Editorial for volume 8 of Perspectives on Social Work, by the journal editorial board.
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    Complexity Theory as a Conceptual Construct for Understanding Client Change
    (University of Houston Graduate College of Social Work, 2010) Prescott, Dana E.
    Every “science begins as philosophy and ends as art; it arises in hypothesis and flows into achievement” (Durant, 1926, p. 2). This quote has particular import for the social work profession when considering the historic tensions between the broader pursuit of social justice within a community or organization and the targeted delivery of interventions to individuals, couples, or families (Gerber, 2007; Marx, 2004; Reamer, 1999). A prominent and fundamental feature of the social work profession at either tier, and the gaps between, is the commitment to understanding and effectuating change – a value-laden term that profoundly influences intervention frameworks and strategies, and the measurement of successful or unsuccessful outcomes (Ford & Urban, 1998; Reamer). For the social work profession, the epistemology of evidence-based practice [EBP] is, at its core, the application of systematic forms or structures to the scientific and clinical conceptualization of human change and adaption (Pollio, 2006). E The physical sciences have posited that organic and inorganic systems are never static, but exist on the edge of cooperation and turbulence at every level of adaption and re-organization (Butz, 1997). This phenomenon is identified in the literature as complexity theory, which provides a model for understanding the non-linear process by which diverse systems self-organize. The study and application of complexity theory to individual and organizational systems parallels the emphasis on EBP as a means of deconstructing the intersection between the effectiveness or efficacy of therapeutic interventions, the capacity for client change, and objective measures for that change (Pollio, 2006; Proctor & Rosen, 2008; Witkin & Harrison, 2001). An emphasis on EPB is not without its pitfalls precisely because positivist or reductionist concepts of evidence can potentially draw social workers toward linear cause and effect measures that may become so rigid as to neglect individual or cultural differences (Gambrill, 2007; Kirk & Reid, 2002; Pollio, 2006). For purposes of bridging this gap between intuition and induction or observation and deduction, however, social work educators and practitioners are conceptualizing the emerging science of complexity theory, rooted in biology and physics, as a paradigm for thinking about how individuals and organizations change through ever-evolving interactions and adaptions (Butz, 1997; Byrne, 1998; Halmi, 2003; Stevens & Cox, 2008). Indeed, it is this quest for a theory of what and how institutions and individuals change that has driven the achievements of social work for a century (Aldarondo, 2007; Marx, 2004). The earliest components of the social work tradition, as brokered by Mary Richmond and her contemporaries in the early 20th century, encouraged transformative change in social and political systems, as well as individuals living within these vibrant, adaptive, and chaotic systems (O’Connor, 2001; Tyson, 1995; Wolf-Branigin, 2009). In the clinic and the field, social workers developed and applied theories of change like imaginative sympathy, mindfulness, therapeutic alliance, or some other means of metaphorically describing a moment when the exchange of information thereby transformed an other (Anderson & Gehart, 2007; Castonguay, Constantino, & Holtforth, 2006; Duncan, Miller, Coleman, Kelledy, & Kopp, 2000; Madsen, 1999). What made Richmond’s work so important, however, was that valuing change was not enough. If the social work profession accepts the maxim that theory drives practice then the quest for empirical constructs that reveal and explain patterns of change within and through individual and organizational systems is the foundation for developing more scientific and ethical practices. Thus, professional social workers must understand and observe change within a scientific method that can be articulated and replicated (Padgett, 2009; Pollio, 2006; Tyson, 1995).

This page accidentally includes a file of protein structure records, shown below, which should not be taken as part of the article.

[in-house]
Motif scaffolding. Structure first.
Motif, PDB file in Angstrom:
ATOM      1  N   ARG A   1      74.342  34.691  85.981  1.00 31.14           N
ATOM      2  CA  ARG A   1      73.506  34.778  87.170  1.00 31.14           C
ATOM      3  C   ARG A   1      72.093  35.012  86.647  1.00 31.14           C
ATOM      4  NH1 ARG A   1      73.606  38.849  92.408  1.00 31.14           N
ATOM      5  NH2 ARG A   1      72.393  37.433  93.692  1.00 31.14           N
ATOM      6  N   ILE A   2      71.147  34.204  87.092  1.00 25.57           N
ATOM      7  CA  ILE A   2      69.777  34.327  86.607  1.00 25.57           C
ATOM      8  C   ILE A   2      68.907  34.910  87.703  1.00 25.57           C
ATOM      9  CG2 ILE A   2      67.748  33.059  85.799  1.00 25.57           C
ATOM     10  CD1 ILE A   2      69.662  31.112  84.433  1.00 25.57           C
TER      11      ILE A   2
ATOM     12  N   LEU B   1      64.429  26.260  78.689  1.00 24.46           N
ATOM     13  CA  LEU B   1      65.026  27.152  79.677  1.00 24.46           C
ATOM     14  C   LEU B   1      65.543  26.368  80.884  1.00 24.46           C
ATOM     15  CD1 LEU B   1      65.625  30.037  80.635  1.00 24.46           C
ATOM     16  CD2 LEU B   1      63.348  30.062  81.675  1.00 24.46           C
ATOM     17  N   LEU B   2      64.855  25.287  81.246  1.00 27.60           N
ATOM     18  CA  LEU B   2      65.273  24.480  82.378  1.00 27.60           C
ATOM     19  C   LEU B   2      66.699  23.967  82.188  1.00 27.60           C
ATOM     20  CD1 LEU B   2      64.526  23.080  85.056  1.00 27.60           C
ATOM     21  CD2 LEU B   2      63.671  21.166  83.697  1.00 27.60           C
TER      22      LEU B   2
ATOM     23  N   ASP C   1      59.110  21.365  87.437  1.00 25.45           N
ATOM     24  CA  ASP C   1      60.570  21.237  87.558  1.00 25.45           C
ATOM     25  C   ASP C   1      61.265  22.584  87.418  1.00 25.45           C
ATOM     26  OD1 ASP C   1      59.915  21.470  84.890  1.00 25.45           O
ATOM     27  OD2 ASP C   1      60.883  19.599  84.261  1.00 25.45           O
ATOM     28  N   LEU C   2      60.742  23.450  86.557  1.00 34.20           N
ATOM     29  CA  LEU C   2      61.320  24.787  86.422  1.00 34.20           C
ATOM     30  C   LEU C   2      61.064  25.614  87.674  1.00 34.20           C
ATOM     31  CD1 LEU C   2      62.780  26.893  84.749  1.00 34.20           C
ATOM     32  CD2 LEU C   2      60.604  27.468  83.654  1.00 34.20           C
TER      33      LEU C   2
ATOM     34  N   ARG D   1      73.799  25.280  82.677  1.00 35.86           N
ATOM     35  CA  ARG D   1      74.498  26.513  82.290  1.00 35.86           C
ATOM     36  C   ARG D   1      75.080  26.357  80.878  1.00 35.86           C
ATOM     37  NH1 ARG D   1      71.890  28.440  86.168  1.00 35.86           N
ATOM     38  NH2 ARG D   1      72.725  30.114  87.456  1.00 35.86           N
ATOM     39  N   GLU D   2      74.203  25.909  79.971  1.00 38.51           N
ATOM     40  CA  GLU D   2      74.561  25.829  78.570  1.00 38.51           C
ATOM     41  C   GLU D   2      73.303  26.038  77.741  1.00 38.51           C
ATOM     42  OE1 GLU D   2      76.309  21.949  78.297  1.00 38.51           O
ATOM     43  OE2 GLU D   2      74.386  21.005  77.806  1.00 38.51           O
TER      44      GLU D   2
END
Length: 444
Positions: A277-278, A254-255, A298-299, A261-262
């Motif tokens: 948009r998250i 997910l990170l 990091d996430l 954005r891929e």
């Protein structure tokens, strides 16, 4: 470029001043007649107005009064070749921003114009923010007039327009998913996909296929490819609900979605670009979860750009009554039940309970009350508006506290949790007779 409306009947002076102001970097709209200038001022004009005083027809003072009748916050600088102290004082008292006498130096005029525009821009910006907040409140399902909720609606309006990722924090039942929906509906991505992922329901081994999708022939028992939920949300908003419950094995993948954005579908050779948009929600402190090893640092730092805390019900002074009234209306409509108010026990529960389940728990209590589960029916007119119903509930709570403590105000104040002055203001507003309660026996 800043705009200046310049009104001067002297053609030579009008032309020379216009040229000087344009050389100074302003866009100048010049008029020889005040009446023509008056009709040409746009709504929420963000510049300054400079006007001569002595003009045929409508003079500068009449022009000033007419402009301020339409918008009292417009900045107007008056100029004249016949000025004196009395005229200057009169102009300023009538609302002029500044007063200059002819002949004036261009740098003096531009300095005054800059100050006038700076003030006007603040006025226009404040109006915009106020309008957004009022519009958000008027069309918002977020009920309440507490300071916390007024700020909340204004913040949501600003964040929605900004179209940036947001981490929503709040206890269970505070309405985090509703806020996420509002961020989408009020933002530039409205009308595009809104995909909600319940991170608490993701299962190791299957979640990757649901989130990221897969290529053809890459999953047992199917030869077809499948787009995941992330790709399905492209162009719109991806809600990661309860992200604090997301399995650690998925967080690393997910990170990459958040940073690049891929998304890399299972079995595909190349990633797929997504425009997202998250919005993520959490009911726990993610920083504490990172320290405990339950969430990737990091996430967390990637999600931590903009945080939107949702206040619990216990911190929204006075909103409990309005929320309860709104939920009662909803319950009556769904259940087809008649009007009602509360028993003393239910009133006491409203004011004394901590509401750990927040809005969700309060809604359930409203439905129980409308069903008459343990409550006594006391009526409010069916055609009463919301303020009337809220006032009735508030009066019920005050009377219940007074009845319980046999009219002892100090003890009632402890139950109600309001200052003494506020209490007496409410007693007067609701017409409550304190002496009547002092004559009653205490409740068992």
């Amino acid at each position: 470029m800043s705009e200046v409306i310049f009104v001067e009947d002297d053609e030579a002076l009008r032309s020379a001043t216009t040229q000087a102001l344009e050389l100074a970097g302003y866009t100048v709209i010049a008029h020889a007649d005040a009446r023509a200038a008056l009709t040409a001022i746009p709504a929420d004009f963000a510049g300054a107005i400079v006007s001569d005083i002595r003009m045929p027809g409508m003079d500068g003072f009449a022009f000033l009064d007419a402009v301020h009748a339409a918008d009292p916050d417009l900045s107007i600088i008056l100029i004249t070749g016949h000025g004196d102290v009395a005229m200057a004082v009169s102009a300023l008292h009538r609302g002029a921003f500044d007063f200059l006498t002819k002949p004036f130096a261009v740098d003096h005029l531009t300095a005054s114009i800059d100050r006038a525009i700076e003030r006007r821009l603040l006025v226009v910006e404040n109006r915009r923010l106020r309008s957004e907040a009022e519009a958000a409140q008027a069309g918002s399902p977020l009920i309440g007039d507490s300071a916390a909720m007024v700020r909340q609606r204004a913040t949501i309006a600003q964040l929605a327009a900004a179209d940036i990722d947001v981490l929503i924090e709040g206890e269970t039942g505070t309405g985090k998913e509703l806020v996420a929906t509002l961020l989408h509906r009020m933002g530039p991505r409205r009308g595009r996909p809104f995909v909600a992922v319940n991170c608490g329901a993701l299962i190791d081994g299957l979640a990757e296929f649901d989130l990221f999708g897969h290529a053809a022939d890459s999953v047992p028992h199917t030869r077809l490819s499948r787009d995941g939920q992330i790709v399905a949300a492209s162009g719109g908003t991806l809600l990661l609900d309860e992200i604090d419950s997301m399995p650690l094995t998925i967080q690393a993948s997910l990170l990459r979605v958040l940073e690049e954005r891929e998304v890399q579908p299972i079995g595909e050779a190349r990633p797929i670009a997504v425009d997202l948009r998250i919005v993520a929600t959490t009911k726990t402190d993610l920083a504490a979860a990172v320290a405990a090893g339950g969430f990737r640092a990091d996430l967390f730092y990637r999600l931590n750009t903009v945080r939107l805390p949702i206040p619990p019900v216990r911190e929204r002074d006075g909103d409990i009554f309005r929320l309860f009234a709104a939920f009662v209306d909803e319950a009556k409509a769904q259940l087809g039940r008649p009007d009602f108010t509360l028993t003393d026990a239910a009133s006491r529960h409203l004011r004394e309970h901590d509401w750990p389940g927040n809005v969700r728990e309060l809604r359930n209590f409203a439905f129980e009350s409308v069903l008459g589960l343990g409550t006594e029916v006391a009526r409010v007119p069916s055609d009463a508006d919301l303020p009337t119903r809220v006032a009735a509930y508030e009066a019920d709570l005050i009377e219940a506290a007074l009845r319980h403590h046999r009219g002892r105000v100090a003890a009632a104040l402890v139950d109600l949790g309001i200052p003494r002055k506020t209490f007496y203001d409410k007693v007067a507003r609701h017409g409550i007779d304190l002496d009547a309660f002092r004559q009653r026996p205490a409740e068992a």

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    Identifying Stigma: The Road to Lung Cancer Advocacy
    (University of Houston Graduate College of Social Work, 2010) Conlon, Annemarie
    This research uses a grounded theory approach to develop theory on stigma in the lung cancer experience. Lung cancer is the number one cause of cancer death in the United States. In 2009 alone, approximately 219,440 people were expected to be diagnosed with this disease; over 159,000 would die (American Cancer Society, 2009). Putting this into perspective, more people die of lung cancer each year than breast cancer, prostate cancer, colon cancer, liver cancer, kidney cancer, and melanoma combined. Though progress has been made for other cancers, the prognosis for lung cancer continues to be very poor (Ries et al., 2005) with seventy percent of those newly diagnosed at the advanced stage level (Albert & Samet, 2003). T